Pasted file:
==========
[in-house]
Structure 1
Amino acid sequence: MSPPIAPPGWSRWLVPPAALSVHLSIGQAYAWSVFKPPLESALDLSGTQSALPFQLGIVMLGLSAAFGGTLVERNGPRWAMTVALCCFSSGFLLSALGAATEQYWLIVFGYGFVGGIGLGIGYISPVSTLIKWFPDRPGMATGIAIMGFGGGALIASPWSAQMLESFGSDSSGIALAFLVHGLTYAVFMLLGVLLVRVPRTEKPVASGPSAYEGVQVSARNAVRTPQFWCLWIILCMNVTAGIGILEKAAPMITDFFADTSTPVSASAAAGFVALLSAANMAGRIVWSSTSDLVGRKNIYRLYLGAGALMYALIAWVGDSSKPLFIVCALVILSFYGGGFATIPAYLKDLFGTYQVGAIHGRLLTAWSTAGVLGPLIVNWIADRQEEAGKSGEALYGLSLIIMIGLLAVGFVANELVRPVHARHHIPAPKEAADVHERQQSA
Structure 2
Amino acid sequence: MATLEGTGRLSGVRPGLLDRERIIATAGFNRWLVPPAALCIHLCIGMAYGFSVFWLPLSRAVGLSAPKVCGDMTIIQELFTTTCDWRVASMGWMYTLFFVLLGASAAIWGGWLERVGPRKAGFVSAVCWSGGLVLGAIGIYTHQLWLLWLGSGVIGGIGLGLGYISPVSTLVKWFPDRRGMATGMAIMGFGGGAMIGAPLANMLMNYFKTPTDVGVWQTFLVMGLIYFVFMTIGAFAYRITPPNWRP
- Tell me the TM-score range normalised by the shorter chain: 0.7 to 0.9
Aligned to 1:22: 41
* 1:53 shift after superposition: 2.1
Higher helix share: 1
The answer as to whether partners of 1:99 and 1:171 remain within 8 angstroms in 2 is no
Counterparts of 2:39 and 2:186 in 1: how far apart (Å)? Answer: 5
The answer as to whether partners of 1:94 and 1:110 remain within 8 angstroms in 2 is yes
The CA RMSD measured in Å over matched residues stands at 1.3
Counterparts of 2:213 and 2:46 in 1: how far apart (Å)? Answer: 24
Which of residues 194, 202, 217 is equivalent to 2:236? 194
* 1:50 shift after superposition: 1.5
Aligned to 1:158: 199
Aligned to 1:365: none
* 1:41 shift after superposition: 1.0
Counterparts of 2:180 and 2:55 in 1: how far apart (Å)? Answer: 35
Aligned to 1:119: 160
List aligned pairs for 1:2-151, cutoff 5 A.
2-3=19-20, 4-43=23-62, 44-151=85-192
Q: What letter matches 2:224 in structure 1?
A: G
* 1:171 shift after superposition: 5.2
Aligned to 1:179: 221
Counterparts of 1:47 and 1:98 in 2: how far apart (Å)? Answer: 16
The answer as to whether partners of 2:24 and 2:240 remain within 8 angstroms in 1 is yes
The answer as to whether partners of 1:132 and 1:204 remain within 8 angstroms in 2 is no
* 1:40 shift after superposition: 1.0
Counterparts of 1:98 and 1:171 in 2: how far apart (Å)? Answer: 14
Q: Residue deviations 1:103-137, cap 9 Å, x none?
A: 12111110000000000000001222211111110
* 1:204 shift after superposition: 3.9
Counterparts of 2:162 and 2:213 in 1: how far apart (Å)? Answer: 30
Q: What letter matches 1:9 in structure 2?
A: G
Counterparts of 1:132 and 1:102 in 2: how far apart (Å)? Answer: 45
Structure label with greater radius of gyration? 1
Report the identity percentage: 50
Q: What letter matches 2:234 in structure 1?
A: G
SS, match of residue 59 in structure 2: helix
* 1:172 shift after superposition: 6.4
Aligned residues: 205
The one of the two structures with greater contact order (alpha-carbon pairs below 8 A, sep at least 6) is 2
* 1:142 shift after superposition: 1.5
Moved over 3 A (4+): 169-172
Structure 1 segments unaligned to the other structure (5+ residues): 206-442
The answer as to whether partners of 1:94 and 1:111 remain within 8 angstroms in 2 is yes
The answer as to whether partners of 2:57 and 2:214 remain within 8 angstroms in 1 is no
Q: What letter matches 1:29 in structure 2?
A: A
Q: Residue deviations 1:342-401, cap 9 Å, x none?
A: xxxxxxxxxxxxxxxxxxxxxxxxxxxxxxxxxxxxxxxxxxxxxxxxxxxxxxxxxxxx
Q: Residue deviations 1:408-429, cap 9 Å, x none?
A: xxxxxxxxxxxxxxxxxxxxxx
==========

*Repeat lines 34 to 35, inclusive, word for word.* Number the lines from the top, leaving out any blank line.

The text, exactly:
A: 12111110000000000000001222211111110
* 1:204 shift after superposition: 3.9